The state’s Senate Judiciary Committee has confirmed a dozen judicial nominees, including seven who will be confirmed for the bench, to fill vacancies that have arisen in the state’s judiciary, including the state Supreme Court, the state appeals courts, and the state supreme court itself.
The senators’ approval of the nominations comes just hours after the Judiciary Committee approved a handful of other nominees.
There are now 19 judicial vacancies that require confirmation in Kentucky, according to the state Legislative Reference Bureau.
The state Supreme Judicial Court was created by the state Constitution in 1873 and is a federal district court.
The district court has three judges: a conservative, a liberal, and a progressive.
The court has never held a federal case, but has served as the nation’s third-most populous court, serving more than 2.3 million people and having nearly $100 billion in assets.
Kentucky Supreme Court Justice Richard Lee Roberts was nominated to fill a vacancy in the court that would have left four justices of the court without tenure, according the Legislative Reference Bureau.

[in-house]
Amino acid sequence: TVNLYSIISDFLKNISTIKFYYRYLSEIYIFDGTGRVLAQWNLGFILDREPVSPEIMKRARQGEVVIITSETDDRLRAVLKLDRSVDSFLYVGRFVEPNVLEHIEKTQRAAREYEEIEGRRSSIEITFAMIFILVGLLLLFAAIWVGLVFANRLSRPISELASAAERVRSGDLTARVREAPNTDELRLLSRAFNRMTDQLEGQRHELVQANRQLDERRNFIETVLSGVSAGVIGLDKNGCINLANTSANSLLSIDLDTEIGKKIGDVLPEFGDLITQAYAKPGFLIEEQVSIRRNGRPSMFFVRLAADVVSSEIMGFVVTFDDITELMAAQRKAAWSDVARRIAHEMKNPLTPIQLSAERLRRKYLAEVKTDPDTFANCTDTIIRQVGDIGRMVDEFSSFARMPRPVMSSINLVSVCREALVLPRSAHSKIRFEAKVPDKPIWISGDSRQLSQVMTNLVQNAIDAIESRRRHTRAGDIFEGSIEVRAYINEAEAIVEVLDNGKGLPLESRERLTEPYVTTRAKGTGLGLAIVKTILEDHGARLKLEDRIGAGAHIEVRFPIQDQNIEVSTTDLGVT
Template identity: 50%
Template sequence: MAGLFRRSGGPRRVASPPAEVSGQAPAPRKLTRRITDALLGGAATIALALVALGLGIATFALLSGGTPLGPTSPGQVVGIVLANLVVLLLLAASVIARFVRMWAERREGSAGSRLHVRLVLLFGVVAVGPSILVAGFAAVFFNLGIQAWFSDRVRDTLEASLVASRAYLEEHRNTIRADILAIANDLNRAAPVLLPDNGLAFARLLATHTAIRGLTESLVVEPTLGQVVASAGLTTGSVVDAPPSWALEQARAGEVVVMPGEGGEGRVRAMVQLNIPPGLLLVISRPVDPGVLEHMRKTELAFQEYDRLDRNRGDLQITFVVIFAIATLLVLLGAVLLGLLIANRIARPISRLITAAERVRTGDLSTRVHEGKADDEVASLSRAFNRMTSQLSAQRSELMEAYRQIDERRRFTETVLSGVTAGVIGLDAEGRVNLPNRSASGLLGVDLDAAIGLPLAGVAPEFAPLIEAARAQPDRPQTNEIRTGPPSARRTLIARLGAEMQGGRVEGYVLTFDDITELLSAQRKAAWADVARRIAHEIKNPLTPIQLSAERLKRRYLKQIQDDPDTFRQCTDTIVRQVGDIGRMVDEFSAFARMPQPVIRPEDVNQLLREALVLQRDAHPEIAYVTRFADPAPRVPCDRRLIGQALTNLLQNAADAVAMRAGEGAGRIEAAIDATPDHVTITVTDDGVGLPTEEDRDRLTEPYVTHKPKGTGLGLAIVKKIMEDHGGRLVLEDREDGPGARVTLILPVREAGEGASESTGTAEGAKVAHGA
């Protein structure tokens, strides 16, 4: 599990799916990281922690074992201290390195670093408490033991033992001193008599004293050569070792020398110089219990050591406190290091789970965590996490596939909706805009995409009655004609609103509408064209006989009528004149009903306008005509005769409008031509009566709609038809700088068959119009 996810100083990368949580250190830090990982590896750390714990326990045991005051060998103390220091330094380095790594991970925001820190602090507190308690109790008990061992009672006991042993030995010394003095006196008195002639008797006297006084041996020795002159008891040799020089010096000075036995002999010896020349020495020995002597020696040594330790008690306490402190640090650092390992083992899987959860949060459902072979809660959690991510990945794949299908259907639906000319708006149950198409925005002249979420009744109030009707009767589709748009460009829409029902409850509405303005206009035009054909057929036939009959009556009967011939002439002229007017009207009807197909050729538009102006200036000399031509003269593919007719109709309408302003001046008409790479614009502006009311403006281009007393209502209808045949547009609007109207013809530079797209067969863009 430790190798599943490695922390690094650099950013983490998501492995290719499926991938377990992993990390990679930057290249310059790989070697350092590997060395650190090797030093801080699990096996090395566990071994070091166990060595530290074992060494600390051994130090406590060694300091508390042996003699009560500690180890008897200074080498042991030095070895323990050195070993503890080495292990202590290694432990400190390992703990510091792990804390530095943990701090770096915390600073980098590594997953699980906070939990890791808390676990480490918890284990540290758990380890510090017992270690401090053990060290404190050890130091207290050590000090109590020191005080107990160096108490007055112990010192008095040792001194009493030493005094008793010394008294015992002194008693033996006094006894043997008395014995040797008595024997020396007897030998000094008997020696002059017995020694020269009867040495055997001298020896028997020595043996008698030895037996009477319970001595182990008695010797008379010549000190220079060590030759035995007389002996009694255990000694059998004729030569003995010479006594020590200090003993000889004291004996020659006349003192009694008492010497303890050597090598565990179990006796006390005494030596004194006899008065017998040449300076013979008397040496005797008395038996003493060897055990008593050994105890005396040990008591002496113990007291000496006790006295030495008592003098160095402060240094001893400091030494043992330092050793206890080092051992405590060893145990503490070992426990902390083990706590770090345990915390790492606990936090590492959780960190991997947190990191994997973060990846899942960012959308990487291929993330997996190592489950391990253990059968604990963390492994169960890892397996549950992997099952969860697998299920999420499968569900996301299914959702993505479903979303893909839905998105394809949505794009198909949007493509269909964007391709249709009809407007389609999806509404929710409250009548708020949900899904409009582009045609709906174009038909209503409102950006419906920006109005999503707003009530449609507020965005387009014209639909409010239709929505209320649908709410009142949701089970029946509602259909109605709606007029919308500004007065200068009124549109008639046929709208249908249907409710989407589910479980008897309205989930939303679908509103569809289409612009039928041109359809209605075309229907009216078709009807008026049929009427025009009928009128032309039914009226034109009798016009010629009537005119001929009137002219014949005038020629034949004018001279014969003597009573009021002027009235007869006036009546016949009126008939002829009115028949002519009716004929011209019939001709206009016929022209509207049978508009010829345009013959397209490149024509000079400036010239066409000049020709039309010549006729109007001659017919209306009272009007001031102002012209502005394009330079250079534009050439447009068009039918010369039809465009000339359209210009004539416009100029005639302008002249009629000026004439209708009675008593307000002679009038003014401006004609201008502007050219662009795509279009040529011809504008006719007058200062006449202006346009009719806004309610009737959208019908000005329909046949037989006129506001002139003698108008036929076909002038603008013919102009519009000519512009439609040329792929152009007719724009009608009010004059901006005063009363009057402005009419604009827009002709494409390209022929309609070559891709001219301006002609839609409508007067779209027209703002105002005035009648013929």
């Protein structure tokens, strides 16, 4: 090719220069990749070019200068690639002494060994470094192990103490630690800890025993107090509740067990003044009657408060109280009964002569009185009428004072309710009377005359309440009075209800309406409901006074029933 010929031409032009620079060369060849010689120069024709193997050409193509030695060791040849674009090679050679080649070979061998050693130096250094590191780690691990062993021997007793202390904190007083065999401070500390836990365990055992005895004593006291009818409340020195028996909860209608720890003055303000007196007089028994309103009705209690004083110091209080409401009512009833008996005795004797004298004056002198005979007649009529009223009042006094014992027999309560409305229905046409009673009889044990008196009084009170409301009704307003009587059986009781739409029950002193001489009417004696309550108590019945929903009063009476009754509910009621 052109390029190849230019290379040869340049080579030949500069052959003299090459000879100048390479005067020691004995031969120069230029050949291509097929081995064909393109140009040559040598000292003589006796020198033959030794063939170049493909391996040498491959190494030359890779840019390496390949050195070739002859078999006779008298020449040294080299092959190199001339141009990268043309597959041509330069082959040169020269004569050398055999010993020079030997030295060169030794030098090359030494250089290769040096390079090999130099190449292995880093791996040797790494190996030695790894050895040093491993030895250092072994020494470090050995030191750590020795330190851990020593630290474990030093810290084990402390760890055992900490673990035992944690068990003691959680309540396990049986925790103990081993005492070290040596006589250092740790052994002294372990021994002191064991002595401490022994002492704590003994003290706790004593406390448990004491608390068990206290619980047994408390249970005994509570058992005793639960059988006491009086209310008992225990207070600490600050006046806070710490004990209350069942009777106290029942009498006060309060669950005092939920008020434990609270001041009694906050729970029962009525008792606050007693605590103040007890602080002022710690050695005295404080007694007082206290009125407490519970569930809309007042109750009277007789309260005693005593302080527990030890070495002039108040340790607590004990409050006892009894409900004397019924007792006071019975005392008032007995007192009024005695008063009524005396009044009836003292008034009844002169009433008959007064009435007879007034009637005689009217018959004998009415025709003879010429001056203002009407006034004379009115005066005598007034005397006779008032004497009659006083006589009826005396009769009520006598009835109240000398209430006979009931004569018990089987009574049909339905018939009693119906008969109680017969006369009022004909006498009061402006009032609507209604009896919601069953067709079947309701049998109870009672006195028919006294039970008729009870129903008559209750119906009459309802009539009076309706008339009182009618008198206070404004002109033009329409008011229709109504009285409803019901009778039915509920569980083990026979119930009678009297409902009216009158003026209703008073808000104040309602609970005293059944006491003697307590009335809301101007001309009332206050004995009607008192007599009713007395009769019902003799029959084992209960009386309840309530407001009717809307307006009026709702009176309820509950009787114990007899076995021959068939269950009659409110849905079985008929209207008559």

Roberts was nominated in a special session of the Kentucky Legislature.
His nomination was unanimously approved by the Judiciary and General Assembly, but it was not immediately announced when the Senate Judiciary committee would vote on Roberts’ nomination.
In a statement, Kentucky Attorney General Andy Beshear said that Roberts is a qualified candidate who will represent the people of Kentucky in the United States Supreme Court and on the state court.
Roberts has been a judge in the U.S. Supreme Court for 30 years and served as an associate judge in that court from 1991 to 2006, according his bio on the Kentucky Judicial Academy website.
“He is a respected and well-regarded jurist, and his nomination is a confirmation that all of Kentucky will be able to count on for the long term,” Beshears statement said.
Sen. Pat Bryant, the Republican who is the chairman of the Judiciary committee, said in a statement that Roberts will be “a superb attorney, a tireless public servant, and someone who will serve Kentuckians well.”
The Senate Judiciary and Assembly Judiciary committees were in regular session from May 29 to June 4 and approved the nominations of nine nominees.
The other six judicial nominees were approved by a vote of nine to one.
While Kentucky’s judges are the state government’s top court judges, the legislative branch of the state legislature has also appointed judges.
The U.D.C. has not ruled on whether the Supreme Court of Kentucky would have jurisdiction to hear a case brought by Kentucky because of a lawsuit filed by the Kentucky State Bar Association.